The focal point is Notre Dame de Paris (Under a separate tip entry); the Palais de la Cite complex which features the Conciergerie (Under a separate tip entry) and the Sainte-Chapelle which was built for Louis IX and the Palais de Justice (French Supreme Court). Exploring the Pont Neuf area at one end of the Island is worth exploring and learning a bit of French history including the Revolution.
I cannot rival the knowledge of fellow Cuban International, Sr Pedmar.. but i will note down addresses in Paris and France associated with Marcel Proust
96, rue la Fontaine 16e
8, rue Roy 8e
9, boulevard Malesherbes
45, rue de Courcelles 8e
102, boulevard Haussman
8 bis, rue Laurent-Pichat
44, rue Hamlin 16e
Illiers, le combray
and not to miss
Looking at the cathedral there is a big equestrian statue of Charlemagne at the right of the Parvis de Notre Dame. Charlemagne (742 or 747 – 814) was the King of the Franks who conquered Italy and took the Iron Crown of Lombardy and, on a visit to Rome in 800, was crowned imperator Romanorum ("Emperor of the Romans") by Pope Leo III on Christmas Day, presaging the revival of the Roman imperial tradition in the West in the form of the Holy Roman Empire. By his foreign conquests and internal reforms, Charlemagne helped define Western Europe and the Middle Ages.
Today regarded as the founding father of both France and Germany and sometimes as the Father of Europe, as he was the first ruler of a united Western Europe since the fall of the Roman Empire.
When Charlemagne died in 814, he was buried in his own Cathedral at Aachen (in modern Germany). He was succeeded by his surviving son, Louis, who had been crowned the previous year. His empire lasted only another generation in its entirety; its division, according to custom, between Louis's own sons after their father's death laid the foundation for the modern states of France and Germany.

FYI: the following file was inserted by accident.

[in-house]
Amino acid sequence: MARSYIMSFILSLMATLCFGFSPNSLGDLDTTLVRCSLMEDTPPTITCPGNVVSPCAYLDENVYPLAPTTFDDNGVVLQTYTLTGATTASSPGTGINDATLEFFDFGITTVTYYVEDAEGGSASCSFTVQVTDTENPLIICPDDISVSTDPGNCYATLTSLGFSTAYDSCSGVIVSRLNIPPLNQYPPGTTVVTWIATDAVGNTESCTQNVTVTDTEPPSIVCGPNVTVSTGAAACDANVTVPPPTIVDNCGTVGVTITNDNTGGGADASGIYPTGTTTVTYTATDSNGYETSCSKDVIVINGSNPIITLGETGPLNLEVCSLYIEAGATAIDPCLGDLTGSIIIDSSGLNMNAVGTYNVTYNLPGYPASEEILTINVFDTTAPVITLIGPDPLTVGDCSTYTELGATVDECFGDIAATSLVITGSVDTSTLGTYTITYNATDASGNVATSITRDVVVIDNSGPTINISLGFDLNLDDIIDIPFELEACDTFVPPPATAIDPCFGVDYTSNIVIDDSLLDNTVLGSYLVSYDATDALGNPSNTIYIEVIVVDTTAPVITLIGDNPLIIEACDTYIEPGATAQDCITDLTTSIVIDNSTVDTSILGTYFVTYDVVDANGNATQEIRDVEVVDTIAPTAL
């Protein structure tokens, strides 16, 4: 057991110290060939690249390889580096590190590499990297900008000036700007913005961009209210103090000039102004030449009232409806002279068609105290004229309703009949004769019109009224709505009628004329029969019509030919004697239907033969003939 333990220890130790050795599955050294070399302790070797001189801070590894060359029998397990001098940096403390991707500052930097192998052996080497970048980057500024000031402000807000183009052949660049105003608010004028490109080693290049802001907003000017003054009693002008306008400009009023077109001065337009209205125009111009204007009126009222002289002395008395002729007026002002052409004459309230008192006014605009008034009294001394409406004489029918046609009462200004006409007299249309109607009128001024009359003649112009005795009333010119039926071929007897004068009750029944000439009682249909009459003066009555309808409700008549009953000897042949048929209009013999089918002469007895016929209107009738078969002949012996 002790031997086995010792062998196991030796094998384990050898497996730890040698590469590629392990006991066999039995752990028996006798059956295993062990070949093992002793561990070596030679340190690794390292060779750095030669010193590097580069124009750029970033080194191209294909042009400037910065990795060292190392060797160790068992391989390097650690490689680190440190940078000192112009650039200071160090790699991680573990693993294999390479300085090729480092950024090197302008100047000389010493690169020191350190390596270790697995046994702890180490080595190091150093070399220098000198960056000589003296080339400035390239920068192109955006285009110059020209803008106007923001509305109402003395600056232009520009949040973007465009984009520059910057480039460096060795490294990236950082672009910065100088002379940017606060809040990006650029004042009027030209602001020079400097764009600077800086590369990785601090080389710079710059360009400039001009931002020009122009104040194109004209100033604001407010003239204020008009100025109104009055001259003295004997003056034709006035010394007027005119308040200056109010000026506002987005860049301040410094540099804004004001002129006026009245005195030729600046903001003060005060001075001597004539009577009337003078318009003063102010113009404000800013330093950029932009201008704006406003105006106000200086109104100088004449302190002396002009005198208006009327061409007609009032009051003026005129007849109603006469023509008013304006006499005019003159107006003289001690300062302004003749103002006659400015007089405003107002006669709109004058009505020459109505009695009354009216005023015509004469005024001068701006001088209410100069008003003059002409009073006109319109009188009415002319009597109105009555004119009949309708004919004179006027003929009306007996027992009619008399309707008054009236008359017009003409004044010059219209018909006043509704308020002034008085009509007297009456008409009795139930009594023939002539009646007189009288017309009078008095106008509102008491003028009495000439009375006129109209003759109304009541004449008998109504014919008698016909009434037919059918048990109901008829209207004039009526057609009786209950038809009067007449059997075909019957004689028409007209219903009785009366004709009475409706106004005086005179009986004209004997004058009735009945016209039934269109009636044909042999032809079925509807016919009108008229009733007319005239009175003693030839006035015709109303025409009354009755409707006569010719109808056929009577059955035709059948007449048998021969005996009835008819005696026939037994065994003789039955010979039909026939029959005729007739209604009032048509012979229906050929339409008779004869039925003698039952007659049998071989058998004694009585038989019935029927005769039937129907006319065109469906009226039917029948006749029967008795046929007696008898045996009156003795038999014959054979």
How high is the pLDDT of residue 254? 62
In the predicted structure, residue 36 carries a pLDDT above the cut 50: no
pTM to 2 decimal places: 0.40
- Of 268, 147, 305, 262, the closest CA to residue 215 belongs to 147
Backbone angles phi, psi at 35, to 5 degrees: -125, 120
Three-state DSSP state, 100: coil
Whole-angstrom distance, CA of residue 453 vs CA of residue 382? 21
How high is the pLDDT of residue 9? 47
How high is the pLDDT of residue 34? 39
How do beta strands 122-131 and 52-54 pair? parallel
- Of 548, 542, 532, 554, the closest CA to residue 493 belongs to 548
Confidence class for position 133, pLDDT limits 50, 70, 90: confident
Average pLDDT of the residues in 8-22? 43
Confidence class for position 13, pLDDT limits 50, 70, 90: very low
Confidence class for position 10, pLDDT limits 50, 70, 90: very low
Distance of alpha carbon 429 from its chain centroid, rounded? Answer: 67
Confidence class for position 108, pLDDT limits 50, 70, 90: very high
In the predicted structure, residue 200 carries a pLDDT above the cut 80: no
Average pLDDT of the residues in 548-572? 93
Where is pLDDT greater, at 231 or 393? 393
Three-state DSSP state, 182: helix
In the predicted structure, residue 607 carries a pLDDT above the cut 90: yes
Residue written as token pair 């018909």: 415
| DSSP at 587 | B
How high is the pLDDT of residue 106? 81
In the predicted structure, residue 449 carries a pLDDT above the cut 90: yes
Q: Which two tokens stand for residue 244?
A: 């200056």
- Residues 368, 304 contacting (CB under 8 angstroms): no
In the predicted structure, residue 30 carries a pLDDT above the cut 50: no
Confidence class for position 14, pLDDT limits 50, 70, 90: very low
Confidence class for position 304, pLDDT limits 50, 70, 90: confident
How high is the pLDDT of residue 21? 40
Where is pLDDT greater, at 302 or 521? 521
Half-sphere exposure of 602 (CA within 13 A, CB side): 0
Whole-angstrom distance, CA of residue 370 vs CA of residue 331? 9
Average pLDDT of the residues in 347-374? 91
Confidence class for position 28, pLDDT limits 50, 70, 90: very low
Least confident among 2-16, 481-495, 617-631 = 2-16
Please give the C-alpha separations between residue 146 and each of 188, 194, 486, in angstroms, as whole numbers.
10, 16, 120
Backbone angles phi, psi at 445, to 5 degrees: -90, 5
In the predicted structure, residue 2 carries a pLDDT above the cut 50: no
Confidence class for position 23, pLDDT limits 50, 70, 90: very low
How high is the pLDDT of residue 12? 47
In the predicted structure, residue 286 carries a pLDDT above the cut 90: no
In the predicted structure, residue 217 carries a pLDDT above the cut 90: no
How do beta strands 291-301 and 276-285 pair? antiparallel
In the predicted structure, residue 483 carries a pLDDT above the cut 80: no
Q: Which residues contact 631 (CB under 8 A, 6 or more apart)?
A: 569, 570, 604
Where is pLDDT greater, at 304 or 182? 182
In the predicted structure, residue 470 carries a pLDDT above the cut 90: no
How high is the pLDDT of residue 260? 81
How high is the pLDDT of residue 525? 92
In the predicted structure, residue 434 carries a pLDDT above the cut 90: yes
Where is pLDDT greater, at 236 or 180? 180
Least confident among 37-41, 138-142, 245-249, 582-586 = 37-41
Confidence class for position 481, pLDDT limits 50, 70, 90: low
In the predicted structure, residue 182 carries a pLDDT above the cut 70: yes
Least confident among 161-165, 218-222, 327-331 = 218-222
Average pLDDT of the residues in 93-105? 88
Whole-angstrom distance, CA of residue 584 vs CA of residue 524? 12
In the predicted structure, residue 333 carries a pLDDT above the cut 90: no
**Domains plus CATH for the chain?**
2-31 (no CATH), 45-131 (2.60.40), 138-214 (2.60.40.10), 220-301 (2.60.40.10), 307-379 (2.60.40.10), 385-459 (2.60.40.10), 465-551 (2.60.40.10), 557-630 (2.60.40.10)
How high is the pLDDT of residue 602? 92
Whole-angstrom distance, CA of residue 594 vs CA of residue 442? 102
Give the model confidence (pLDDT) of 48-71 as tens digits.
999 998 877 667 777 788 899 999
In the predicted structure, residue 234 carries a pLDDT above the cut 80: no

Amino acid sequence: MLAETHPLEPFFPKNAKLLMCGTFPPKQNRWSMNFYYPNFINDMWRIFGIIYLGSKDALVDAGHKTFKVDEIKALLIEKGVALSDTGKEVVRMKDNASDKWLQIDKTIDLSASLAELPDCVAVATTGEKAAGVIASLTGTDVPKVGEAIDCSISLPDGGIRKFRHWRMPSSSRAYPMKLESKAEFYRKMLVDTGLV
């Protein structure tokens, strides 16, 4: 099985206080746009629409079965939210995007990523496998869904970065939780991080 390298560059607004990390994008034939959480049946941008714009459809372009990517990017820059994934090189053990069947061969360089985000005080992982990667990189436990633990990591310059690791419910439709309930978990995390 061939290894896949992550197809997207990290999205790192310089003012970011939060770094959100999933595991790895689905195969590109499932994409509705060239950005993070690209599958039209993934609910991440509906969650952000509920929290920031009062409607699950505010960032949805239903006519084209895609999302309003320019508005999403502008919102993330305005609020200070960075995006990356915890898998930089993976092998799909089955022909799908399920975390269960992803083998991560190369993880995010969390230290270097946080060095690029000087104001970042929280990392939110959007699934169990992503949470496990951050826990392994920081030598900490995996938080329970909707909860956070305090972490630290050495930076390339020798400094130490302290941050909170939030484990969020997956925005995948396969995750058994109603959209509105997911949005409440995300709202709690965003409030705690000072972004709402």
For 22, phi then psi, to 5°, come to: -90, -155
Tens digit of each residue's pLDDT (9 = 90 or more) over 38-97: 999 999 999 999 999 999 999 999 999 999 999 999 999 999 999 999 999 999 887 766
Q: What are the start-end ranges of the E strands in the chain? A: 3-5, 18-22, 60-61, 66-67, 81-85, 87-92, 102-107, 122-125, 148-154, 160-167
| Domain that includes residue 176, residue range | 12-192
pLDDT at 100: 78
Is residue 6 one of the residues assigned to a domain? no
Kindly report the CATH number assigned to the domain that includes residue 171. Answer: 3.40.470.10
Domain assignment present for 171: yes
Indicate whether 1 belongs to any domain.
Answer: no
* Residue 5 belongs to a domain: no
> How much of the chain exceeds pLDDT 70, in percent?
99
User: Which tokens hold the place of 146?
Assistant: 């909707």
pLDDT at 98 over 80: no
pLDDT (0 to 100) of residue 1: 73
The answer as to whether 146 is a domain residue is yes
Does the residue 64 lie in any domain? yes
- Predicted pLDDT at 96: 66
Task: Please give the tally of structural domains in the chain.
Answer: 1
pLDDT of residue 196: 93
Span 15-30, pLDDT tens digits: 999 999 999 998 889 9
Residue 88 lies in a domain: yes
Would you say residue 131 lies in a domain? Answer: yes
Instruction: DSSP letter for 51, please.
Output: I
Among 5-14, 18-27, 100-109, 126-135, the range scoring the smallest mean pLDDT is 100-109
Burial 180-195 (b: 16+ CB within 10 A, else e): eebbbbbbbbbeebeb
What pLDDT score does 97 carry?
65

Mirando a la catedral hay una gran estatua ecuestre de Carlomagno a la derecha del Parvis de Notre Dame. Carlomagno (742 ó 747 - 814) fue el Rey de los Francos que conquistó Italia y se atribuyó la Corona Férrea de Lombardía y, visitando Roma en 800, fue coronado Imperator Romanorum ("Emperador de los Romanos") por el Papa León III el día de Navidad, presagiando la reedición de la tradición del Imperio Romano de Occidente en la forma del Sacro Imperio Romano. Carlomagno ayudó a definir Europa occidental y la Edad Media con sus conquistas extranjeras y reformas internas.
Hoy se ve su figura como el padre fundador de Francia y Alemania e incluso el padre de Europa, pues fue el primer mandatario en unir Europa occidental desde la caída del Imperio Romano.
Cuando Carlomagno murió en 814 fue enterrado en su propia catedral de Aquisgrán (en la actual Alemania). Fue sucedido por su hijo superviviente, Luis, que fue coronado el año anterior. Su imperio duró tan sólo una generación más. La división llevada a cabo según la tradición, entre los hijos del propio Luis tras la muerte de su padre abrió el camino a la fundación de los modernos estados de Francia y Alemania.
The "parvis" is the square in front of the Notre Dame cathedral. In French the use the word parvis to name the squares in front of cathedrals and main churches because it comes from "paradise" and you're suppose to be closer to Heaven when you're next to the Cathedral.
This square was very narrow in the past, with a lot of houses, churches and the Hôtel Dieu (hospital). Haussmann designed an important remodelation, creating the big square we see nowadays demolishing all these buildings during the Napoleon Second Empire. Currently you can see the plan of how the square used to be thanks of the different colours of the floor. There are even inscriptions with the names of the old houses and churches. It's true they destroyed a lot of buildings but in fact we can admire the wonderful cathedral much better right now.
There are one more sign in the square and it's the Point 0 of French roads. It's a millestone in front of Notre Dame from which the distance from Paris and the other French cities are calculated. Tourists like to stand theirselfs in the center of the millestone ant turn around because it's suppose they'll return to Paris if they do this :-)
The square called Parvis de Notre Dame added the name of the Pope John Paul II in 2006 because he visited Paris several times, so the square is named Parvis de Notre Dame - Jean Paul II
El "parvis" es la plaza enfrente de la catedral de Notre Dame. En francés se usa la palabra parvis para nombrar las plazas enfrente de las catedrales e iglesias principales porque este nombre viene de "paraiso" y se supone que estamos más cerca del Cielo cuando se está cerca de la Catedral.